When the signal V1 being equivalent to the target motor voltage regains the original polarity, the FET driving circuit 2 generates the motor driving voltage VN corresponding to the signal V1 being equivalent to the target motor voltage, and performs the PWM control on the FET Q2 and turns on the FET Q3 again. When the FET Q2 is PWM controlled and the FET Q3 is turned on, a PWM controlled current flows through the FETs Q2 and Q3, and a generated current caused by the rotation of the motor M flows through the FET Q3 and the diode D4 again. The generated current is increased, thereby increasing the differential output of the differential amplifier 4, i.e., the signal Id being equivalent to the detected value of the motor driving current to exceed the signal I1 being equivalent to the target motor current. That is to say, the inverted input has a larger absolute value than the non-inverted input. Then, the polarity of the differential output of the differential amplifier 1, i.e., the signal V1 being equivalent to the target motor voltage, becomes reverse again. In this manner, such a process is repeated, resulting in disadvantageously causing the control hunting and making an abnormal noise in the motor M.

Next, a motor lock check circuit will be described. FIG. 3 is a block diagram showing the configuration in the major part of the motor lock check circuit in the conventional electric power steering apparatus. The motor lock check is an operation to check whether or not the motor in the electric power steering apparatus normally works (i.e., whether or not the motor is locked) when an ignition switch is turned on. FETs Q1, Q2, Q3 and Q4 form a bridge circuit, and a motor M and a resistance R for detecting a motor driving current are connected in series so as to bridge the contact between the FETs Q1 and Q3 connected in series and the contact between the FETs Q2 and Q4 connected in series. The FETs Q1, Q2, Q3 and Q4 are connected with free wheeling diodes D1, D2, D3 and D4 in parallel, respectively. The bridge circuit, a fail safe relay 24 and a power supply B are connected in series.

After an ignition switch (not shown) is turned on, the fail safe relay 24 is turned on by a controller (not shown). In an off condition of an electromagnetic clutch (not shown) for transferring the driving force of the motor M to a steering assisting mechanism, a signal processor 23 turns on, for example, the FETs Q1 and Q4 via an FET driving circuit 20, and drives the motor M for a predetermined period of time by a driving current flowing in the direction shown with a solid line arrow 25. Then, the signal processor 23 turns off all the FETs including the FETs Q1 and Q4, and allows the motor to rotate by the inertial force. A motor terminal voltage detecting circuit 22 detects a generated voltage caused by this rotation of the motor M. Then, the signal processor 23 outputs a signal for braking the motor M to the FET driving circuit 20 before the electromagnetic clutch is turned on. The FET driving circuit 20 turns on the FET Q2 in response to the signal for braking the motor M, and the motor M is stopped by a regenerated current that is generated by the generated voltage caused by the inertial rotation of the motor M and flows through the free wheeling diode D1 and the FET Q2 in the direction shown with a broken line arrow 26.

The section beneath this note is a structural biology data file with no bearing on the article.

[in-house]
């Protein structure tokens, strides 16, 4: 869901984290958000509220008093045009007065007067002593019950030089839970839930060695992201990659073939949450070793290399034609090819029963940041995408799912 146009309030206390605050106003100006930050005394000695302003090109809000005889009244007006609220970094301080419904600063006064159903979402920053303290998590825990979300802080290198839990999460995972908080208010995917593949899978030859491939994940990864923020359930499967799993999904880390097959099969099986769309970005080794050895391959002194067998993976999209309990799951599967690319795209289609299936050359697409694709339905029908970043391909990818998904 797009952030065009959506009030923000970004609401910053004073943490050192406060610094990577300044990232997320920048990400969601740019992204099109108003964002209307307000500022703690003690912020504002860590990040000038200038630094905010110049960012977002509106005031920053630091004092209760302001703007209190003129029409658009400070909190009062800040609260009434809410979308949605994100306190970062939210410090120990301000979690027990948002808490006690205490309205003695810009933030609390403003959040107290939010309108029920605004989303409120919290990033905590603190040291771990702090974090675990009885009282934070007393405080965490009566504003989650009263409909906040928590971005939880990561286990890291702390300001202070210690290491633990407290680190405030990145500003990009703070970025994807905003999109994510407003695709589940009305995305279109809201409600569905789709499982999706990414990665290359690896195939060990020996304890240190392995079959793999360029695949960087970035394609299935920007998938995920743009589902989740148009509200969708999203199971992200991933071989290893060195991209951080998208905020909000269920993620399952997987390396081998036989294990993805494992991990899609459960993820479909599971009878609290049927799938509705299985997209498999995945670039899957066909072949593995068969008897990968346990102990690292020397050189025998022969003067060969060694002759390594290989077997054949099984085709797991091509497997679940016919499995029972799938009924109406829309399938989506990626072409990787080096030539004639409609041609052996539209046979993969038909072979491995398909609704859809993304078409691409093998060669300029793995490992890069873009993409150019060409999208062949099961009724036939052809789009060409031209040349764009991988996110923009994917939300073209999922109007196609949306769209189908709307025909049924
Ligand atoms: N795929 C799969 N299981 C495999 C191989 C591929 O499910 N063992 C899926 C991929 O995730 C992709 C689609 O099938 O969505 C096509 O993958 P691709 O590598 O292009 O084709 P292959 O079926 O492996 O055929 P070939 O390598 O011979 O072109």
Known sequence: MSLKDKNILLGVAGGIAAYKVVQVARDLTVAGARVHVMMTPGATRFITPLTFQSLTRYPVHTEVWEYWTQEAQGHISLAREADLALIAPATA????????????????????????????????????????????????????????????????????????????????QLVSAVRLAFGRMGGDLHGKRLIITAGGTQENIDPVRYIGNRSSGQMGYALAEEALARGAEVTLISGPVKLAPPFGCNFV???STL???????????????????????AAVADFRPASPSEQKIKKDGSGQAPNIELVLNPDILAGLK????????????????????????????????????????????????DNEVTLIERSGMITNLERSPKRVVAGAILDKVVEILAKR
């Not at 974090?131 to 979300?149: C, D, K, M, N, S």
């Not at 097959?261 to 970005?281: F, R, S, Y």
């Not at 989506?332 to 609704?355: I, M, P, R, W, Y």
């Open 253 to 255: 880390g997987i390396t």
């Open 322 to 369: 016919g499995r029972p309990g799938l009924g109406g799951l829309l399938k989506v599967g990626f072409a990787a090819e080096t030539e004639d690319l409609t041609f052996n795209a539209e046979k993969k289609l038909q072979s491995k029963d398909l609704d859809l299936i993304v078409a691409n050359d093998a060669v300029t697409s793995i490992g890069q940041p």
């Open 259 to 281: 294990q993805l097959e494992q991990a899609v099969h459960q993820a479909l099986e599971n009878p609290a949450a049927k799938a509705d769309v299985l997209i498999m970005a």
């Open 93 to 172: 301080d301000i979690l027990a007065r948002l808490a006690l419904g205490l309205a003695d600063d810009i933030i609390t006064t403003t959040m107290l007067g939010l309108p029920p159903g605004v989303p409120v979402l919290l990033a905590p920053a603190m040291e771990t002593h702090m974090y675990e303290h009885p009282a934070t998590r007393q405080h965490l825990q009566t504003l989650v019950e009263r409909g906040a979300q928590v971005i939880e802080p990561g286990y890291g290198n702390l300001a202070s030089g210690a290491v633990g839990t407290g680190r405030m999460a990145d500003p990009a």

FIG. 4 is a timing chart showing the variation in the motor current during the motor lock check. In this timing chart, T1 indicates a driving time of the motor M, when a driving current flows as shown with the solid line arrow 25; T2 indicates a time required for detecting a generated voltage caused by the inertial rotation of the motor M, when no current flows through the bridge circuit because all the FETs are off; and T3 indicates a braking time of the motor M, when a regenerated current flows in the direction shown with the broken line arrow 26.

In this manner, in a conventional motor lock check circuit, a generated voltage caused by the rotation of the motor M is detected by the motor terminal voltage detecting circuit 22, which detection requires the time T2.

SUMMARY OF THE INVENTION

The present invention is devised to solve the above-mentioned problems, and the objective of the invention is providing an electric power steering apparatus in which a steering wheel can be smoothly returned to its neutral position and no control hunting is caused.